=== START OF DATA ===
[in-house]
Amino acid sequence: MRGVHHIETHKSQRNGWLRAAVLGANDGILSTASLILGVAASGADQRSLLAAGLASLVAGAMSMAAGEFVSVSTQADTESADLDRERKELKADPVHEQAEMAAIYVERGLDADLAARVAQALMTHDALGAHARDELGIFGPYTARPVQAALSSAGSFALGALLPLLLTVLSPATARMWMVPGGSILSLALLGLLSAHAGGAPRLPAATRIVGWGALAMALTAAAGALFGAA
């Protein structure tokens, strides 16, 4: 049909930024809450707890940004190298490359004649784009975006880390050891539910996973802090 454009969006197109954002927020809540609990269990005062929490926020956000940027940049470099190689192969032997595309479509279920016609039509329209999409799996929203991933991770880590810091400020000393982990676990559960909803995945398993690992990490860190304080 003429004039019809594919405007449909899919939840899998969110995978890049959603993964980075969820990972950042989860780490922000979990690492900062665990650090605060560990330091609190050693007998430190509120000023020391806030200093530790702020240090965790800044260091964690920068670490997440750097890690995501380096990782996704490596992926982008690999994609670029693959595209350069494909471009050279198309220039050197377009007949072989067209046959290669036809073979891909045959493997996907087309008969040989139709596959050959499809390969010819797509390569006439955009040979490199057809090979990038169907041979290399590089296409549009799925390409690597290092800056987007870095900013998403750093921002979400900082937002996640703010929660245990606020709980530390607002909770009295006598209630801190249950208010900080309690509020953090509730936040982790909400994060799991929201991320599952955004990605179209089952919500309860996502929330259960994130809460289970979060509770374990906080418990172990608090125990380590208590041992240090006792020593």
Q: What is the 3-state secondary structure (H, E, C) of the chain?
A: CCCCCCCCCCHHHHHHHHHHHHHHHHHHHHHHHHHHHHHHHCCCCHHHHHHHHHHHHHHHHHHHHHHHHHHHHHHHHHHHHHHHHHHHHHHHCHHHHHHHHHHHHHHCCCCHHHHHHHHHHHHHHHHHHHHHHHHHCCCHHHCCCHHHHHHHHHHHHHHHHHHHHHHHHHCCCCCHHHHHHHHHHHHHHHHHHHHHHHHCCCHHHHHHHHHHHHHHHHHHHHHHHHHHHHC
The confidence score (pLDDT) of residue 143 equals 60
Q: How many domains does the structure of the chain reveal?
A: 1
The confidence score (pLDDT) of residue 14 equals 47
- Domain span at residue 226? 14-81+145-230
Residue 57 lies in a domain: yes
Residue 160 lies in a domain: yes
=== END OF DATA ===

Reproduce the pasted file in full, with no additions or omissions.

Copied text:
[in-house]
Amino acid sequence: MRGVHHIETHKSQRNGWLRAAVLGANDGILSTASLILGVAASGADQRSLLAAGLASLVAGAMSMAAGEFVSVSTQADTESADLDRERKELKADPVHEQAEMAAIYVERGLDADLAARVAQALMTHDALGAHARDELGIFGPYTARPVQAALSSAGSFALGALLPLLLTVLSPATARMWMVPGGSILSLALLGLLSAHAGGAPRLPAATRIVGWGALAMALTAAAGALFGAA
């Protein structure tokens, strides 16, 4: 049909930024809450707890940004190298490359004649784009975006880390050891539910996973802090 454009969006197109954002927020809540609990269990005062929490926020956000940027940049470099190689192969032997595309479509279920016609039509329209999409799996929203991933991770880590810091400020000393982990676990559960909803995945398993690992990490860190304080 003429004039019809594919405007449909899919939840899998969110995978890049959603993964980075969820990972950042989860780490922000979990690492900062665990650090605060560990330091609190050693007998430190509120000023020391806030200093530790702020240090965790800044260091964690920068670490997440750097890690995501380096990782996704490596992926982008690999994609670029693959595209350069494909471009050279198309220039050197377009007949072989067209046959290669036809073979891909045959493997996907087309008969040989139709596959050959499809390969010819797509390569006439955009040979490199057809090979990038169907041979290399590089296409549009799925390409690597290092800056987007870095900013998403750093921002979400900082937002996640703010929660245990606020709980530390607002909770009295006598209630801190249950208010900080309690509020953090509730936040982790909400994060799991929201991320599952955004990605179209089952919500309860996502929330259960994130809460289970979060509770374990906080418990172990608090125990380590208590041992240090006792020593």
Q: What is the 3-state secondary structure (H, E, C) of the chain?
A: CCCCCCCCCCHHHHHHHHHHHHHHHHHHHHHHHHHHHHHHHCCCCHHHHHHHHHHHHHHHHHHHHHHHHHHHHHHHHHHHHHHHHHHHHHHHCHHHHHHHHHHHHHHCCCCHHHHHHHHHHHHHHHHHHHHHHHHHCCCHHHCCCHHHHHHHHHHHHHHHHHHHHHHHHHCCCCCHHHHHHHHHHHHHHHHHHHHHHHHCCCHHHHHHHHHHHHHHHHHHHHHHHHHHHHC
The confidence score (pLDDT) of residue 143 equals 60
Q: How many domains does the structure of the chain reveal?
A: 1
The confidence score (pLDDT) of residue 14 equals 47
- Domain span at residue 226? 14-81+145-230
Residue 57 lies in a domain: yes
Residue 160 lies in a domain: yes